Intel's SkyLake Project Aims To Make PCs Completely Wireless
June 5, 2014

Intel’s SkyLake Project Aims To Make PCs Completely Wireless

Peter Suciu for - Your Universe Online

One of the downsides of the connected world is that those connections have required cables -- lots and lots of cables -- which often make for a twisted rats nest of dusty and tangled wires. Intel now has a plan that will cut some of the cords and also ease another problem – the need for a charging outlet for all those devices.

On Wednesday at the Computex trade show in Taipei, Taiwan Intel announced this new project – codenamed Skylake – which could eventually eliminate all cables from the PC. Kirk Skaugen, senior vice president and general manager of the PC Client Group, demonstrated a wireless display, docking station and charging features that would remove what had long been mandatory cables in the typical PC environment, Cnet reported.

Skylake is reportedly the latest "tock" in Intel's so-called "tick-tock" architectural strategy, reports Apple Insider.

The key to this is a new high-speed protocol, the WiGig standard, which could be used as a short range "docking" technology for devices such as laptops. It could instantly create a connection to a display as well as peripherals when that device is placed within range.

It can be swapped out to a standalone mode when removed from the small localized network. Intel has stated that WiGig could deliver speeds of up to 7Gbps using the 60GHz frequency band.

Intel is reportedly developing WiGig modules for laptops, desktops and even high-resolution displays. It could have the potential to replace HDMI and DisplayPort technologies – and Skaugen said these wireless modules could be integrated into PCs as early as next year.

PC World noted that Dell already offers WiGig as a bridge between monitors and PCs, but PC World's Agam Shah added that the next step would be to get the WiGig modules into the computers.

While it has been in development since 2009, Intel first demonstrated the WiGig technology in 2012. In April, the Wireless Gigabit Alliance released a report that forecast the WiGig market could be worth $10.53 billion by 2019.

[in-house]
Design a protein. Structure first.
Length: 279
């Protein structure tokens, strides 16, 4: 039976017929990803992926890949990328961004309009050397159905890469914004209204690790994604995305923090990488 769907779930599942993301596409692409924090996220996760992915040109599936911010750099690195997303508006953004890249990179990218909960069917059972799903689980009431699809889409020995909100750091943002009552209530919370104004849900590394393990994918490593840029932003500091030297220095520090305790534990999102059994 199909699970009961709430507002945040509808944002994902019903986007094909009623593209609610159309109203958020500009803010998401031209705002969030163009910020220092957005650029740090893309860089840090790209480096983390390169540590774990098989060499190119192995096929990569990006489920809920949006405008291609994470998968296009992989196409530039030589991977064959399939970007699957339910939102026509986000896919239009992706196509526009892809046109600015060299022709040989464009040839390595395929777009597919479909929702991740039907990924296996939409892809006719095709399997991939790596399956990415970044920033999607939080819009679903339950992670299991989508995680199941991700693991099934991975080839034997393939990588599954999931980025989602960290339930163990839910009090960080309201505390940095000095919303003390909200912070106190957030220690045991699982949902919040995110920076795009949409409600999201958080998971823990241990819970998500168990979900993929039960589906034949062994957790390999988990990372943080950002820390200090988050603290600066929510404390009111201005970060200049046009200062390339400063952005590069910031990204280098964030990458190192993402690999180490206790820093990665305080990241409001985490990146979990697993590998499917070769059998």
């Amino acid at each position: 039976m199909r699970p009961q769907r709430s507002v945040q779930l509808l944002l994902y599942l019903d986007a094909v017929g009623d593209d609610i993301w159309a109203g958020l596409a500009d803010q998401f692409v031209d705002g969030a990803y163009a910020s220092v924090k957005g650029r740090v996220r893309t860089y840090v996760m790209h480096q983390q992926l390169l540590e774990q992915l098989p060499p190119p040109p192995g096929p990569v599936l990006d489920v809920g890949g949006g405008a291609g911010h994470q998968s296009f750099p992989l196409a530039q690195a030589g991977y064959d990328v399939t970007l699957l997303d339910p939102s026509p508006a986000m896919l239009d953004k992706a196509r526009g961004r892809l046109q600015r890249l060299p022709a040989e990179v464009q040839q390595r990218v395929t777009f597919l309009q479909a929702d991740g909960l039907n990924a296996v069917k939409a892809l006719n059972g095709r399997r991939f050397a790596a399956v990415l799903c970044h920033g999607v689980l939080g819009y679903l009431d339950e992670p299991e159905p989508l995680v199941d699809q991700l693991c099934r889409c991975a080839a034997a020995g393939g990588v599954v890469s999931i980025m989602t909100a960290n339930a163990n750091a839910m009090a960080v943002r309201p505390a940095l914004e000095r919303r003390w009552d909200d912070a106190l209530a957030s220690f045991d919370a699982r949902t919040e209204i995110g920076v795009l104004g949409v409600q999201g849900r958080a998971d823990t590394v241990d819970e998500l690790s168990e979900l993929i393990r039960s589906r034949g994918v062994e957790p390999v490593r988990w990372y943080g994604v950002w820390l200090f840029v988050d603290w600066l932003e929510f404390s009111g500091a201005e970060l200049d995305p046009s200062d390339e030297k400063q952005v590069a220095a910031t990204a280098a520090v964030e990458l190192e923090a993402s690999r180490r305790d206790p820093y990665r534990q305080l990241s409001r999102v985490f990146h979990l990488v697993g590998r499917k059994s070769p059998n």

The technology could be very much on that track. At its Computex presentation Intel gave a demonstration of the wireless charging technology, which is also based on the A4WP (Alliance 4 Wireless Power) standard Rezence that could even be installed under a table surface and still provide the juice through up to two inches of wood!

This wireless charging technology, which transmits power via magnetic resonance, could also be used by multiple devices at once, reducing the need to ever fight over outlets. Skaugen demonstrated how the technology could be used to power a laptop, phone, headset and tablet all at the same time.

It has notable advantages over traditional inductive charging in that it can project power over a great distance as noted even through a table. A4WP has the backing of several computer companies including Asus, Dell, Fujitsu, Lenovo, Logitech, Panasonic and Toshiba.

A4WP is not alone in developing wireless charging. The Power Matters Alliance (PMA) is also developing wireless charging technology, while "Apple has shown interest in magnetic resonance charging in the past, notably filing a number of patents surrounding the technology," Apple Insider reported. "Apple's implementation would deliver power up to one meter away, which the company calls "a realistic and practical approach" to wireless charging."

According to Intel, the Skylake technology is on track for a 2015 release, with products set to hit the market in 2016.